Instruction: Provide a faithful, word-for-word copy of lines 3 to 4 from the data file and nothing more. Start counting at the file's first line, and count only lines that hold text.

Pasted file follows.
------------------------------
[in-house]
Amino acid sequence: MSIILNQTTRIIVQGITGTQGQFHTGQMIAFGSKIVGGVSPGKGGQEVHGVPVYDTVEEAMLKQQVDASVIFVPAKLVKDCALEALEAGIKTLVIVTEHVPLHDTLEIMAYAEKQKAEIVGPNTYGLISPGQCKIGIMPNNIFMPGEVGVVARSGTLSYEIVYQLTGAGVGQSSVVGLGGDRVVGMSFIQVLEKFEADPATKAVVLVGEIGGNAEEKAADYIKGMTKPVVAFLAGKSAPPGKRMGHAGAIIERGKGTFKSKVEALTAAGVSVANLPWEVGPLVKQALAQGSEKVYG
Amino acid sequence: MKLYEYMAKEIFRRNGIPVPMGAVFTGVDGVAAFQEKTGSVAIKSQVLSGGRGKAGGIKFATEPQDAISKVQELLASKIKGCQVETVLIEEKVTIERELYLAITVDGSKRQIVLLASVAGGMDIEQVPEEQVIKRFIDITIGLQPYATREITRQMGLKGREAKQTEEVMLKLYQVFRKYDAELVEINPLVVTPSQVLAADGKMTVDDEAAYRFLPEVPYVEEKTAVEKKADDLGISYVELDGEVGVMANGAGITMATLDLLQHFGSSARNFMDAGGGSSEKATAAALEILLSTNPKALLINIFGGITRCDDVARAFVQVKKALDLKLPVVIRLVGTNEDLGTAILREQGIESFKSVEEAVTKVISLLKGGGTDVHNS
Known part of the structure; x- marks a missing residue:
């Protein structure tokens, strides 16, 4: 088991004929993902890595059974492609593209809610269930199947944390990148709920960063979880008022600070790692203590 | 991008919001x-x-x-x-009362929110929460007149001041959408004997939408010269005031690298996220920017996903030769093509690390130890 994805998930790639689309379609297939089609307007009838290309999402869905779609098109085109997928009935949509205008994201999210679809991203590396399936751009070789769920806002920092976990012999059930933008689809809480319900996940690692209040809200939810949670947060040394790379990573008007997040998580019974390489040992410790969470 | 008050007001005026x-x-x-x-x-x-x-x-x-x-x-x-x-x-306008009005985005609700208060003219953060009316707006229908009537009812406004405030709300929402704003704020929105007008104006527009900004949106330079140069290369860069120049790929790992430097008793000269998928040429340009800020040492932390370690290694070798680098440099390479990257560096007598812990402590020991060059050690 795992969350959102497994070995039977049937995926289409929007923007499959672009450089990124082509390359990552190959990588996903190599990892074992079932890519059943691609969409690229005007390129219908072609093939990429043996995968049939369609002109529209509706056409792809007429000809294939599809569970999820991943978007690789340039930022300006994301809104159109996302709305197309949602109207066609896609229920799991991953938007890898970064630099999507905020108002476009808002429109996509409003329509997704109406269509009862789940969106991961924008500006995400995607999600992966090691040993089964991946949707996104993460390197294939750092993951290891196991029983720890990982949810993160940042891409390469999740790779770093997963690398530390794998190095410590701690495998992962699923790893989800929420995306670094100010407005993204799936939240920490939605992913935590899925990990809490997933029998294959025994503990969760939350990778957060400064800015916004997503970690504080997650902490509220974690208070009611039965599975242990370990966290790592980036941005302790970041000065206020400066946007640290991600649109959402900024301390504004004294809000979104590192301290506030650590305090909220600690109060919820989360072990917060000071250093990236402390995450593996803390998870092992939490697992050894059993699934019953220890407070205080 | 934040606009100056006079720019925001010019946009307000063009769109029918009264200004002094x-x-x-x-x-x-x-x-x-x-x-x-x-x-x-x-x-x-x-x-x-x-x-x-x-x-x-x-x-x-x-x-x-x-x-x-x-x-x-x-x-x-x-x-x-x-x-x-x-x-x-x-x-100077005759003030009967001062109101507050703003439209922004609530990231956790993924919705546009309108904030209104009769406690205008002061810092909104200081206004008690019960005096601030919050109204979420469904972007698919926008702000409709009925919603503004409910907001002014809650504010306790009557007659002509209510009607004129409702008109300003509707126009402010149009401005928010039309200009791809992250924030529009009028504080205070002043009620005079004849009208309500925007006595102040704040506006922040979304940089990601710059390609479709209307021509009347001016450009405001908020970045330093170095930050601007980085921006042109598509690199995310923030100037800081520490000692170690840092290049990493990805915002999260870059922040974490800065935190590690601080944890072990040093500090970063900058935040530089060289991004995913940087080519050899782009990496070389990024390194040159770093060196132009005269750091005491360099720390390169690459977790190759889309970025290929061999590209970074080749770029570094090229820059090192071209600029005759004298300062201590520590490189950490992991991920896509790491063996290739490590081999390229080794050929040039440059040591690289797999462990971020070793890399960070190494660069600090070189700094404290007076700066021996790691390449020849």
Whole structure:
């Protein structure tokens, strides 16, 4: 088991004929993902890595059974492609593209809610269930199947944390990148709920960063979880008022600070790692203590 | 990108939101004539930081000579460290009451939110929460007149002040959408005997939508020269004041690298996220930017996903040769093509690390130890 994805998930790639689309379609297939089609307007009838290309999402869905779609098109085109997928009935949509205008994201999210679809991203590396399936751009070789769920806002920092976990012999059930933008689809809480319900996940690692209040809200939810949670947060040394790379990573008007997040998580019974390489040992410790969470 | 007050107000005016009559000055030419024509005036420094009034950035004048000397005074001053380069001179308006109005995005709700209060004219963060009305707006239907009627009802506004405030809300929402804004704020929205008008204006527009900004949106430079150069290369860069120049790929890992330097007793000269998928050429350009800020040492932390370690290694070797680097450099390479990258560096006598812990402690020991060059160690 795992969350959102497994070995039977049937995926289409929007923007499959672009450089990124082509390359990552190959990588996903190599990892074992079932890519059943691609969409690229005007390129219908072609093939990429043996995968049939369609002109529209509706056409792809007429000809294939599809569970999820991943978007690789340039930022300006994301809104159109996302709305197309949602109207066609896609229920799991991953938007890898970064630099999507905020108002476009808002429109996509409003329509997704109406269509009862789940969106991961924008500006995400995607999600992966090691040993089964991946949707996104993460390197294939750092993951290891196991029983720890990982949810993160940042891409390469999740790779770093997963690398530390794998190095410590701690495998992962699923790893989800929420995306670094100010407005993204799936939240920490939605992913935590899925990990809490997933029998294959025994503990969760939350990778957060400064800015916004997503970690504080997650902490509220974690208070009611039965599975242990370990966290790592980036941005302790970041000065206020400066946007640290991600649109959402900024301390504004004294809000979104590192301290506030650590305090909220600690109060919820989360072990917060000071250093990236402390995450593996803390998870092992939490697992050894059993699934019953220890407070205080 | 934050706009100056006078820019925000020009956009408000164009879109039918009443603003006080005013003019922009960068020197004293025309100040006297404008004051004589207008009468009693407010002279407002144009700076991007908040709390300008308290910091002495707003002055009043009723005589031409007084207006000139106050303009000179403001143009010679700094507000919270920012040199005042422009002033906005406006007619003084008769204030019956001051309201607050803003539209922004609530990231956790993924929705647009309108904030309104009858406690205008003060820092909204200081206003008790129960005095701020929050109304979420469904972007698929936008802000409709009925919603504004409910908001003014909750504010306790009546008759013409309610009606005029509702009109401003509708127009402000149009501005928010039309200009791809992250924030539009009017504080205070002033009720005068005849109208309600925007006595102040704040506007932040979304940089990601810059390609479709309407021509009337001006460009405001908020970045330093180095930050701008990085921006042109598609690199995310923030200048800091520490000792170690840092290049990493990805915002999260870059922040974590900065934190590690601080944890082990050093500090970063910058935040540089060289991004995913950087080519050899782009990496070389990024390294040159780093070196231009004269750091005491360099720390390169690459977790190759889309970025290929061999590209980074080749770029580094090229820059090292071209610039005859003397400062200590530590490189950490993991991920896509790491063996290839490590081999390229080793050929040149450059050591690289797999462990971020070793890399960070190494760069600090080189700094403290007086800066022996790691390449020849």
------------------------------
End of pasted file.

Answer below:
Amino acid sequence: MKLYEYMAKEIFRRNGIPVPMGAVFTGVDGVAAFQEKTGSVAIKSQVLSGGRGKAGGIKFATEPQDAISKVQELLASKIKGCQVETVLIEEKVTIERELYLAITVDGSKRQIVLLASVAGGMDIEQVPEEQVIKRFIDITIGLQPYATREITRQMGLKGREAKQTEEVMLKLYQVFRKYDAELVEINPLVVTPSQVLAADGKMTVDDEAAYRFLPEVPYVEEKTAVEKKADDLGISYVELDGEVGVMANGAGITMATLDLLQHFGSSARNFMDAGGGSSEKATAAALEILLSTNPKALLINIFGGITRCDDVARAFVQVKKALDLKLPVVIRLVGTNEDLGTAILREQGIESFKSVEEAVTKVISLLKGGGTDVHNS
Known part of the structure; x- marks a missing residue: